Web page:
Greetings from the Rector

Happy New Year to all of you! Writing for the January edition of the magazine two weeks before Christmas is always a challenging task. I am still with John the Baptist calling people to prepare for ‘the One who is to come’, or with the Angel Gabriel calling Mary to be the Mother of Jesus Christ while you will already have celebrated the birth of the One who came to redeem the world. Maybe by the time you are reading this you will have begun to pack away the trimmings of Christmas, the tree, the decorations, the Christmas cards, all that reminds us of this great celebration. But our story does not end there for Epiphany, celebrated on January 6th when we welcome the wise men to the stable, is just round the corner.
We all know the frustration of losing something. Maybe it is one’s glasses, frequently found on the head, or car keys which we know we put on the hook as we usually do, except that this time we didn’t. Or maybe it is the passport we need when we are just about to set off for the airport. There is a compulsion about searching that drives us on until we find what we are looking for.
The Magi, also known as the three kings or the wise men, were also searching. We sing about them, we build a picture of the environment from which they came, we even give them names so that we can identify with them even though their only appearance in Matthew’s Gospel gives no indication of number nor name. Such details become irrelevant when we enquire of the reason for their long journey all the way from ‘the East’ to Bethlehem. They were searching, not for something they had lost but something that was yet to be found. Such was their inner compulsion to find the object of their searching that they left the relative security of their own land and livelihood and travelled into the unknown. There would have been hardships on their journey and challenges to overcome, not least of which was the political scheming of King Herod who tried to use them to his own advantage. Guided by the star, their search came to an end, as Matthew’s gospel puts it “over the place where the child was”. Until this moment, they hadn’t known what they were looking for but when they saw the baby, they knew they had found the object of their long search. According to Matthew ‘they were overwhelmed with joy’ as they knelt down and offered their gifts.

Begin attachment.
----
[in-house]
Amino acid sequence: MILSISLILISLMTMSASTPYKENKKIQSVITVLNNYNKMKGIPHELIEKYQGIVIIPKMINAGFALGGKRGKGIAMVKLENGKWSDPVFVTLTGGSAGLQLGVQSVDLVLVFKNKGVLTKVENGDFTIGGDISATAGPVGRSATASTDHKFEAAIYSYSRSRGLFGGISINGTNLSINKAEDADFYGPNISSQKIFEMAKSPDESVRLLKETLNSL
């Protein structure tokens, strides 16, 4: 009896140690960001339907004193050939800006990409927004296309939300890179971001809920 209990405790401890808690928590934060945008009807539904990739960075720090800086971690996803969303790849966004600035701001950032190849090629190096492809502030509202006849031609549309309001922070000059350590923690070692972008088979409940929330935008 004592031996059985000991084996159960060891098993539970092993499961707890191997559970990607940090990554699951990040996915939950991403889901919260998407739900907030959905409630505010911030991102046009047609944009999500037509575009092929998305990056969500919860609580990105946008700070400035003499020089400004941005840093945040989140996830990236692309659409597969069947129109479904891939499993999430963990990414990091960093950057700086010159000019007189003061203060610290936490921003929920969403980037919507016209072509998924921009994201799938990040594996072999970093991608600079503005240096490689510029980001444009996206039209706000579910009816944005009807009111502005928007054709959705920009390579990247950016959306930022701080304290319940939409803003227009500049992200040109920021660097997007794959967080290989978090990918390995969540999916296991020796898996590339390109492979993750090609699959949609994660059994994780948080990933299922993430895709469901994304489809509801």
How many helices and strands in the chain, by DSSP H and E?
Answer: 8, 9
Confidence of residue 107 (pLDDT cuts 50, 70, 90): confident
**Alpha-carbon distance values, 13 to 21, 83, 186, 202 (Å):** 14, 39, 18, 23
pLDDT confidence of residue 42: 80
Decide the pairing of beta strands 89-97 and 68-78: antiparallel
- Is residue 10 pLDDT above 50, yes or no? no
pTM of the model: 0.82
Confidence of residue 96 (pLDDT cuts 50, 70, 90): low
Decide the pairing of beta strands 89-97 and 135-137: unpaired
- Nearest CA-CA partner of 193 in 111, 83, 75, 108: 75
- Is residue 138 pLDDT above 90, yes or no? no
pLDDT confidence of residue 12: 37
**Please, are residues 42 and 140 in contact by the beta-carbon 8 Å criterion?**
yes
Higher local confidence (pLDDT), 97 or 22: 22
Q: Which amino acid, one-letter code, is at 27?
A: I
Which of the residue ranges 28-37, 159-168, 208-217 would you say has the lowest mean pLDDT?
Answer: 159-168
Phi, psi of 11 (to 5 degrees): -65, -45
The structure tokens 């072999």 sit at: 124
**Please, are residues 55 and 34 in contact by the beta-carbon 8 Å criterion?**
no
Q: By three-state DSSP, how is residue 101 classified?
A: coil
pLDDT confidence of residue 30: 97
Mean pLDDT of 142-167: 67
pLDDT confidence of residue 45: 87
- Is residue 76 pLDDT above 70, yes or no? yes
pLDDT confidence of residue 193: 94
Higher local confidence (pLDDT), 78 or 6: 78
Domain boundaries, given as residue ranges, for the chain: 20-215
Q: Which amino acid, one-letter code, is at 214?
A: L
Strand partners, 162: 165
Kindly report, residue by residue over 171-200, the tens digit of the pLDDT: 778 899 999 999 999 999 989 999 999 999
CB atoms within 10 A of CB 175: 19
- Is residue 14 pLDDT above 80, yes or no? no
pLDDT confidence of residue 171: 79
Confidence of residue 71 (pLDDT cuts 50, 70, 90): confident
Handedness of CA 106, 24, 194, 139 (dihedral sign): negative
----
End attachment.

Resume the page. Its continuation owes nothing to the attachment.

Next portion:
We may not find ourselves travelling across challenging terrain with only a few companions and camels for company, but we live in a world where peoples’ compulsion to search for something they sense is missing affects all societies. I was privileged to join Year 6 pupils and their teacher at Charing Primary School for the visit of Domenica Pecoraro, Kent Refugee Projects Officer. Through a series of questions, Domenica helped the children to understand what makes people leave their own country, hoping to find a place of refuge in another place. Amongst other things, they are searching for safety, stability and provision. As I write, we are trapped in the political chaos of the Brexit negotiations. At the heart of the dialogue is a searching for what some may describe as a better world. With such polarity of opinion, it is hard to see where the solution may be found. Have we perhaps lost sight of the star?
Jesus came into a searching world in order to look for the lost, even when they didn’t know that it was Him they were looking for. So this year, wherever we find ourselves on our journey of faith, let us keep searching for the One who came to bring light and life and when we have found Him let us share our discovery with all we meet.
Wishing you all peace and joy in 2019
Sheila